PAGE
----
The Third Circuit has yet to address
the standard for determining whether
Swiftwater played a crucial role on GSK’s
Client the attorney-client privilege attaches to
brand maturation team; was intimately
communications between a company’s
involved in the creation, development and
Privilege And counsel and the company’s independent
implementation of a brand maturation plan;
District Courts within the assisted GSK on legal and regulatory tasks;
Third Circuit have applied the “functional
equivalent” test, but have disagreed on how work were treated as confidential and as if
broadly the test should be interpreted. Most
the attorney-client privilege applied. The
recently, the Eastern District of Pennsylvania court, however, stopped short in attaching
decided the attorney-client privilege issue by the attorney-client privilege until each
applying a “broad approach” with a focus on
document could be reviewed by the court to
whether the disputed communications were
see whether it was created for the purpose of
made for the purpose of giving or receiving
legal advice and were kept confidential. In re Flonase Antitrust Litig
., Nos. 08-cv-3149,
In reaching its holding, the Court in In re
Flonase Antitrust Litig.
, rejected what it
characterized as a “very narrow view of which independent consultants may qualify
as the functional equivalent of employees”
steroid nasal spray and the manufacturer
GlaxoSmithKline PLC (“GSK”) as to and the Southern District of New York. In whether the attorney-client privilege particular, the court declined to follow four protected communications between GSK
factors highlighted in In re Bristol Myers
and its independent consultant Swiftwater
Squibb Sec. Litig.
, No. 00-1990, 2003 U.S.
Dist. LEXIS 26985* at 12-14 (D. N.J. 2003).
Interestingly, the In re Bristol Myers Squibb
Swiftwater was a “functional equivalent”
Sec. Litig. court did not confine itself to
an analysis of only four factors. Rather, it
recognized courts consider “many factors
broadly construed. The court sided with GSK, applying the “broad approach” to the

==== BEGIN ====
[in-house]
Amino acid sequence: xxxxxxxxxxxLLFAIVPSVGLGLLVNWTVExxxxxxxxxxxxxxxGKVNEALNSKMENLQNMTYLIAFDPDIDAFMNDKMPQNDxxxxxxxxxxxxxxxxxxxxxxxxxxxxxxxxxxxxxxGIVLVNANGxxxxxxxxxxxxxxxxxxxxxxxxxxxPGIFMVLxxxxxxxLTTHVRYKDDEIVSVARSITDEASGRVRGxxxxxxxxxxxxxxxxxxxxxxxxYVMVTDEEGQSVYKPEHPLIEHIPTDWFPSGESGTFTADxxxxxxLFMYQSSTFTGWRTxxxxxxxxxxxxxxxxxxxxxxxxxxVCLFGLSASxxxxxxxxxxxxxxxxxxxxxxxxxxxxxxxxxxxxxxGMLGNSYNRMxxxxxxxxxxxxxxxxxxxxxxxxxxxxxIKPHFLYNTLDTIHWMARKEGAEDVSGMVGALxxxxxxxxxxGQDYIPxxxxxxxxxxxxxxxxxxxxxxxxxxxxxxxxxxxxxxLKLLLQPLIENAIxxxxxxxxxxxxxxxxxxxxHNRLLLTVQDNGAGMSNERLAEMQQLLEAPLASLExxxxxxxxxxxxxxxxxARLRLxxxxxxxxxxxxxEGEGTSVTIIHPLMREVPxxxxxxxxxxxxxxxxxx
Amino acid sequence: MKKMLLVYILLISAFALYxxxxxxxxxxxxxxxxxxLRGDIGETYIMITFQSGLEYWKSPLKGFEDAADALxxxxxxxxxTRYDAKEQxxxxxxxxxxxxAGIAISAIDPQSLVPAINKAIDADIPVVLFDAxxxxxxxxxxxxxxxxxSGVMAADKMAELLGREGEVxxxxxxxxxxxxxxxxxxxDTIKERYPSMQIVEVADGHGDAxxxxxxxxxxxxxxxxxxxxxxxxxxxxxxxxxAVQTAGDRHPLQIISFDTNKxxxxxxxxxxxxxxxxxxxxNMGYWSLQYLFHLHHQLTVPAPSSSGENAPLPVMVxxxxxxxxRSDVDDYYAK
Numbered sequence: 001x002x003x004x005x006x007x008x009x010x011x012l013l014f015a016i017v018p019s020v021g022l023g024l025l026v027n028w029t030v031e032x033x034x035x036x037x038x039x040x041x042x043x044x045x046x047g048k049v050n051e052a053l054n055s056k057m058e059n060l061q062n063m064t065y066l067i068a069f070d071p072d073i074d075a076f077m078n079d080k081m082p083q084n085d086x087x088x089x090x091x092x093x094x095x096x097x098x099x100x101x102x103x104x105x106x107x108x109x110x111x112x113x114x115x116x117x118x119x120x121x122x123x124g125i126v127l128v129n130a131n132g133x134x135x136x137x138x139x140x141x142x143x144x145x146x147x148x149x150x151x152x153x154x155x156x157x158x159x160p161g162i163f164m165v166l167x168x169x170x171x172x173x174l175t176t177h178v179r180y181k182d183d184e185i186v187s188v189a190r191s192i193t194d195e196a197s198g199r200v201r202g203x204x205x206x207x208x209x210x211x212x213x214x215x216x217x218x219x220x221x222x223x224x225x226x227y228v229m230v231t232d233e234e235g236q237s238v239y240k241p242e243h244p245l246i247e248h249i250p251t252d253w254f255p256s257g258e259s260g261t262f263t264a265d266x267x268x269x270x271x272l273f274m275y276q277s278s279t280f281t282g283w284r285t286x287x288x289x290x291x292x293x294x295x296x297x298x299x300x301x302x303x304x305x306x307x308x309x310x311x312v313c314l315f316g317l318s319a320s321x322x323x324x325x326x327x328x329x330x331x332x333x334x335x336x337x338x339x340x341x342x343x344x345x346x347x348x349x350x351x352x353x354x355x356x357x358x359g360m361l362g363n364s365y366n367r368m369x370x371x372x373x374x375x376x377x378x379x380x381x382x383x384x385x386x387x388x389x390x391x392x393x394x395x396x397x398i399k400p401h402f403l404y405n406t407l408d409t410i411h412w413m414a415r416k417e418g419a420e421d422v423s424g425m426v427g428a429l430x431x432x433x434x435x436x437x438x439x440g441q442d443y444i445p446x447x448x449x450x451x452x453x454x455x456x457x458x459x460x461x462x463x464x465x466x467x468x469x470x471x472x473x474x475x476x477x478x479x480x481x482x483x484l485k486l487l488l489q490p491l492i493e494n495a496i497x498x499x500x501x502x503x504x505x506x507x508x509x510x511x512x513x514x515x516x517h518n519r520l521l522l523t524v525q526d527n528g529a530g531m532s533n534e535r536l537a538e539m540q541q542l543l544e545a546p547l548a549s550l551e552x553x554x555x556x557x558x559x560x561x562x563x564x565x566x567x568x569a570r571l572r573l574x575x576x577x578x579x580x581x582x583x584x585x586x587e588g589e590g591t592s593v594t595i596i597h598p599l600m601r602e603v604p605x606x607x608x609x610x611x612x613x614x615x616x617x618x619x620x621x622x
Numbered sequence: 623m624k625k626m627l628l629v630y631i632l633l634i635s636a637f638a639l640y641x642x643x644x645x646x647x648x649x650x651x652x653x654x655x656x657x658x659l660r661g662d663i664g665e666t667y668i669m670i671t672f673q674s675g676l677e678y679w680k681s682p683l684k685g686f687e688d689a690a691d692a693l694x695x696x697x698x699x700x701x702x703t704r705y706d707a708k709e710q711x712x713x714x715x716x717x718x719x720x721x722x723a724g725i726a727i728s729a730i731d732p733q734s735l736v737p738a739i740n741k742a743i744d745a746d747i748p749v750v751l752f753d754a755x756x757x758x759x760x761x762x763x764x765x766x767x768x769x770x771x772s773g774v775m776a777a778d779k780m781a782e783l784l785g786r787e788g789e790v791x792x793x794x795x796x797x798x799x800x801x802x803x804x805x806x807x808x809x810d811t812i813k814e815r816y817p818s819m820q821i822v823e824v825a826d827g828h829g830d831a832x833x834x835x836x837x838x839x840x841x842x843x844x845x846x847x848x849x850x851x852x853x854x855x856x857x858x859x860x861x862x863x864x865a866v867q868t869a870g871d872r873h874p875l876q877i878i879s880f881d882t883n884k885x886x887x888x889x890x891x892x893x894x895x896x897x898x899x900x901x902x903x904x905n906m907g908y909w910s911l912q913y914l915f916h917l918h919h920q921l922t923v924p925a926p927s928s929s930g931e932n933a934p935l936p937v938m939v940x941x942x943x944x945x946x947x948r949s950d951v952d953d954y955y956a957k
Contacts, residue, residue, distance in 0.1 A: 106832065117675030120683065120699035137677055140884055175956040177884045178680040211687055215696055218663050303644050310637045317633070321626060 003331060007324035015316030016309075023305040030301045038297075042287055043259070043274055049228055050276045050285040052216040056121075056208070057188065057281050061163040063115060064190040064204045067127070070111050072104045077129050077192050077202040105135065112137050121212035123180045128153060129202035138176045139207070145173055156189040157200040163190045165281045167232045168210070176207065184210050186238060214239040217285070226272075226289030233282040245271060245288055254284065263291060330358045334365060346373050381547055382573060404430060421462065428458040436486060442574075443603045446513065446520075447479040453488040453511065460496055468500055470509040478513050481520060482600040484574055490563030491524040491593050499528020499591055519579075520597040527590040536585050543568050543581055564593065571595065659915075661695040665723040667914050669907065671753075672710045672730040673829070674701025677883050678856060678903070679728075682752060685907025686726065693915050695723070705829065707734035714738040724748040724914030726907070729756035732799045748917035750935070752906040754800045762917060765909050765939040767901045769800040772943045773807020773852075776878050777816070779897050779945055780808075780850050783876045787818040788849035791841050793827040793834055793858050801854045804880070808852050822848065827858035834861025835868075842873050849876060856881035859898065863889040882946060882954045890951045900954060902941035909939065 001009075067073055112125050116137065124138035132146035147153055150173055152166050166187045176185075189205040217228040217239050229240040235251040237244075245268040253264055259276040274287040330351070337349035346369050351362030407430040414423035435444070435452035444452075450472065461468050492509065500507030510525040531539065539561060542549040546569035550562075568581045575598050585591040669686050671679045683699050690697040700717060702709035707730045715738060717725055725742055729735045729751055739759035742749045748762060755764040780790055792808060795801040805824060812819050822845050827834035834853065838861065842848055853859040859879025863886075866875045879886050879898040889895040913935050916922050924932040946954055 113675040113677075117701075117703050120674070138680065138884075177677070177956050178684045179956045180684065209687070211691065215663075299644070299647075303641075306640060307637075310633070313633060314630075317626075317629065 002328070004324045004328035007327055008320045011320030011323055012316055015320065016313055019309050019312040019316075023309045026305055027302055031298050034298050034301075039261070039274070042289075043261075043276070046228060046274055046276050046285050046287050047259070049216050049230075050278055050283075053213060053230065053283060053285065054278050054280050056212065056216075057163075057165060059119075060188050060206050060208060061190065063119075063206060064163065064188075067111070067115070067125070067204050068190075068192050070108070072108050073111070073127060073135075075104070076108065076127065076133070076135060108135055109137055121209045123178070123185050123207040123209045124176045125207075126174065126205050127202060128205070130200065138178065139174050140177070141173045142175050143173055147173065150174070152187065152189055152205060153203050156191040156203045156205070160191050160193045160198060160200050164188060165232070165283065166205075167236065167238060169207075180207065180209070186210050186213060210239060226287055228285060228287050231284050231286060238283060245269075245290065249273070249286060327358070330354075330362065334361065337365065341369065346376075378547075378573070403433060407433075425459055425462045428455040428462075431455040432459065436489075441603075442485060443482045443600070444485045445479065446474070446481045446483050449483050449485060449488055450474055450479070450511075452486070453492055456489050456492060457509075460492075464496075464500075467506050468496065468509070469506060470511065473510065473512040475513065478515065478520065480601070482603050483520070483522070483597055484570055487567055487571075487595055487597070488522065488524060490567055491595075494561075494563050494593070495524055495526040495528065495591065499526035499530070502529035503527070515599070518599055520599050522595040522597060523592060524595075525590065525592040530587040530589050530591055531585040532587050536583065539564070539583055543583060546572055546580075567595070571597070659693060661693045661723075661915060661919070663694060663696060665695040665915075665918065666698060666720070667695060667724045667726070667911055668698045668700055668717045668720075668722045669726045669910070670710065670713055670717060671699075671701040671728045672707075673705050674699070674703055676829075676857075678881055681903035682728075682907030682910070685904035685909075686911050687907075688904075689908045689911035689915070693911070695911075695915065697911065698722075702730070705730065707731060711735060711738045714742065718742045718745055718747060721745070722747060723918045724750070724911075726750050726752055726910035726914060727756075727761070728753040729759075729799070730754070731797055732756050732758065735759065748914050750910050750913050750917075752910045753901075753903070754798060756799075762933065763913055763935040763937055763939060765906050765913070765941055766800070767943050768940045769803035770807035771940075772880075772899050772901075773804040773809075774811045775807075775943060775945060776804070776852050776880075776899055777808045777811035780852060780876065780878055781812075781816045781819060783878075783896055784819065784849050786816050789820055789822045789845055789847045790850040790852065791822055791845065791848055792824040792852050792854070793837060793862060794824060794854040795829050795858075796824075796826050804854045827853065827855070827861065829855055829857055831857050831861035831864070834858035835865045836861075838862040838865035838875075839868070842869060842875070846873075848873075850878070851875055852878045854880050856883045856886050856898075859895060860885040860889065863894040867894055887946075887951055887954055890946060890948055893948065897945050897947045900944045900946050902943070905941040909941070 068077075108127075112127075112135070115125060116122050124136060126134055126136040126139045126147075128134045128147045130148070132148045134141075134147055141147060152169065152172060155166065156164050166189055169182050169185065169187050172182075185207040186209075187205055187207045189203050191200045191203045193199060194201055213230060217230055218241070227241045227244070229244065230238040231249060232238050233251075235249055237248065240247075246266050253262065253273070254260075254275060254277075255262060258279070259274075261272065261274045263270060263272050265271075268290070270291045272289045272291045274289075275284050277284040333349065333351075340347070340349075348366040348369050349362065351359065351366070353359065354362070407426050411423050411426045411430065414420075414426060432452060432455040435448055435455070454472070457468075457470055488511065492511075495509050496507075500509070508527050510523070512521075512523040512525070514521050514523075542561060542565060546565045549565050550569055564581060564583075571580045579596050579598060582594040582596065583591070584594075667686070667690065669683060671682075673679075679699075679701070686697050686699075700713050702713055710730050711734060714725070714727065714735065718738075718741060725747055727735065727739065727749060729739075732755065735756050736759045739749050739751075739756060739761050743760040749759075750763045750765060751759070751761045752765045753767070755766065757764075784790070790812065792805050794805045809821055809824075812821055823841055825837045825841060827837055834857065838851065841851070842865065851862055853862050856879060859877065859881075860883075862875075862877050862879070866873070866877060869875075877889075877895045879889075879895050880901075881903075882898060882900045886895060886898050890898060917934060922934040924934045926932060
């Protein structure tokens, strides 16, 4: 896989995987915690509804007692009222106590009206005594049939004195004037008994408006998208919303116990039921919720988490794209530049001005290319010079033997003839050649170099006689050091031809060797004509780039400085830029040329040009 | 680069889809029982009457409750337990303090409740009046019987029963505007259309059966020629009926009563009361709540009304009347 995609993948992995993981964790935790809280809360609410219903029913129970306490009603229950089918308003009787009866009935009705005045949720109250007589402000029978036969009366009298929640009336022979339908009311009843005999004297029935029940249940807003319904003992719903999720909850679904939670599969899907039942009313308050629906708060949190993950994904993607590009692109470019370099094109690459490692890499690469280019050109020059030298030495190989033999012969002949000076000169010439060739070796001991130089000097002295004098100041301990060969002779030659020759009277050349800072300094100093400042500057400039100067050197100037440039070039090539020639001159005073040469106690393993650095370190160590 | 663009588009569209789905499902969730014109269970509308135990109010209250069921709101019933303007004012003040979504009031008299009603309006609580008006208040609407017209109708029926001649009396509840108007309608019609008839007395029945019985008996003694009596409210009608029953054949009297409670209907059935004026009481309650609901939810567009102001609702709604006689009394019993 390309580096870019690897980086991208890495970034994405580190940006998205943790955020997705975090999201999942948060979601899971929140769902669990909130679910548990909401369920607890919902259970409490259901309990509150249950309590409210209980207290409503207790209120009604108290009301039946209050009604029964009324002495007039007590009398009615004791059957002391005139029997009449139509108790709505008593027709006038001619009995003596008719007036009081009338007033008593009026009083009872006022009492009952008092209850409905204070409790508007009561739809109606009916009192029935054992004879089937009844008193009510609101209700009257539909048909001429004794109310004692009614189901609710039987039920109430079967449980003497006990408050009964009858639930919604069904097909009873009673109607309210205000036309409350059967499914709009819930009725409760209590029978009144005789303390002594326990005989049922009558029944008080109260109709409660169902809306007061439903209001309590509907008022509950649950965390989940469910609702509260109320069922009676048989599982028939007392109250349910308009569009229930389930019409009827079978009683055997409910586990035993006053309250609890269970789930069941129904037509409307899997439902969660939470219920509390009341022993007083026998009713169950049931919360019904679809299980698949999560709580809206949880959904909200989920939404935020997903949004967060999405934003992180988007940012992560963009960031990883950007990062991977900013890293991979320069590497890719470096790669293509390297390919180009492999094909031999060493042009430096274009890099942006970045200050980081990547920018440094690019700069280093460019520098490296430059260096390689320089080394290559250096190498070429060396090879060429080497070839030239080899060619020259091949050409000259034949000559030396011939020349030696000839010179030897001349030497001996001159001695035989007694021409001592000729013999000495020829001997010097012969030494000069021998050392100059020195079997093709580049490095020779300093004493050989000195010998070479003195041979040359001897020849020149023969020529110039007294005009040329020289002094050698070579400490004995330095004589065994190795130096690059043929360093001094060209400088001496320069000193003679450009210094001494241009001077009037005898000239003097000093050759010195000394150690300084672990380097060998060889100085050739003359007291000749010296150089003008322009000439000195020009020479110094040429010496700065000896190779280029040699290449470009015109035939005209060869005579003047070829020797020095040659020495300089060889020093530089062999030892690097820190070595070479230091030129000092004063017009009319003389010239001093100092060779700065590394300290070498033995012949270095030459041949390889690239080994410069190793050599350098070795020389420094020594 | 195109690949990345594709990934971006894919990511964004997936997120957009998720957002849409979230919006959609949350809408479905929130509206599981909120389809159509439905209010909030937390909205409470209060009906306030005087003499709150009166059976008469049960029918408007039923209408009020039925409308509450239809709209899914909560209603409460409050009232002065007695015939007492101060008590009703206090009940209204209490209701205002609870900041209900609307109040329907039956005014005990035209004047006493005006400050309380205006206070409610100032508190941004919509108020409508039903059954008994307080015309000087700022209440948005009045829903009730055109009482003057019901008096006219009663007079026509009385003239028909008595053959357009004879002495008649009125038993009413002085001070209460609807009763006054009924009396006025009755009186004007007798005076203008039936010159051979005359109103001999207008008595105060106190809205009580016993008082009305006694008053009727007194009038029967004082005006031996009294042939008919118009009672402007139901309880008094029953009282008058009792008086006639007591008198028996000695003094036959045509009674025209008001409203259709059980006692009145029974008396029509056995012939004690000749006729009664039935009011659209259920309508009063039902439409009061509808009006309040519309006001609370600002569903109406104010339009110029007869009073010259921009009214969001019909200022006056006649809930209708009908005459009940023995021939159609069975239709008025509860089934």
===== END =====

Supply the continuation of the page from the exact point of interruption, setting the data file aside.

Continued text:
1 A later Report and Recommendation issued by the Magistrate Judge found most of the documents sought
“functional equivalent” test, and found that
were covered by the attorney-client privilege. In re Flonase Antitrust Litig
., Nos. 08-cv-3149, 08-cv-3301, 2012 U.S. Dist.
Swiftwater was a functional equivalent of
LEXIS 105174 (E.D. Pa. July 26, 2012).
For more information about any of the topics covered in this issue of the Business Litigation Alert, please contact:
to reach an appropriate determination,” including those four factors; that the “key” is whether an independent contractor
“acts for the corporation and possesses
rendering legal advice”; and, recognized that the Special Master delegated with
Gerd W. Stabbert, Esq.
the task of determining privilege did not
base her decision on “any single factor.” Indeed, both courts support their respective decisions with reliance upon the contours of
James P. Sasso, Esq.
the attorney-client privilege as espoused in
Upjohn Company v. United States
, 449 U.S. 383 (1981).
While a dispute may exist between District Courts within the Third Circuit as to the breadth of the “functional equivalent” test, businesses can take solace in the Eastern District of Pennsylvania’s explicit broad application of the privilege to independent consultants. Nevertheless, businesses should make efforts to ensure that communications concerning legal advice fall within the parameters identified by both In re Flonase Antitrust Litig
. and In re Bristol Myers Squibb Sec. Litig
. Otherwise, until the Third Circuit has an opportunity to
The information contained in this Client Alert is for general informational
decide the issue, they run the risk that legal
nor intended to constitute legal advice or a legal opinion as to any particular
matter. The reader should not act on the basis of any information contained herein without consulting first with his or her legal or other professional advisor with respect to the advisability of any specific course of action and the applicable law.
The views presented herein reflect the views of the individual author(s). They do not necessarily reflect the views of Bressler, Amery & Ross, P.C. or any of its other attorneys or clients.
2012 Bressler, Amery & Ross, P.C.
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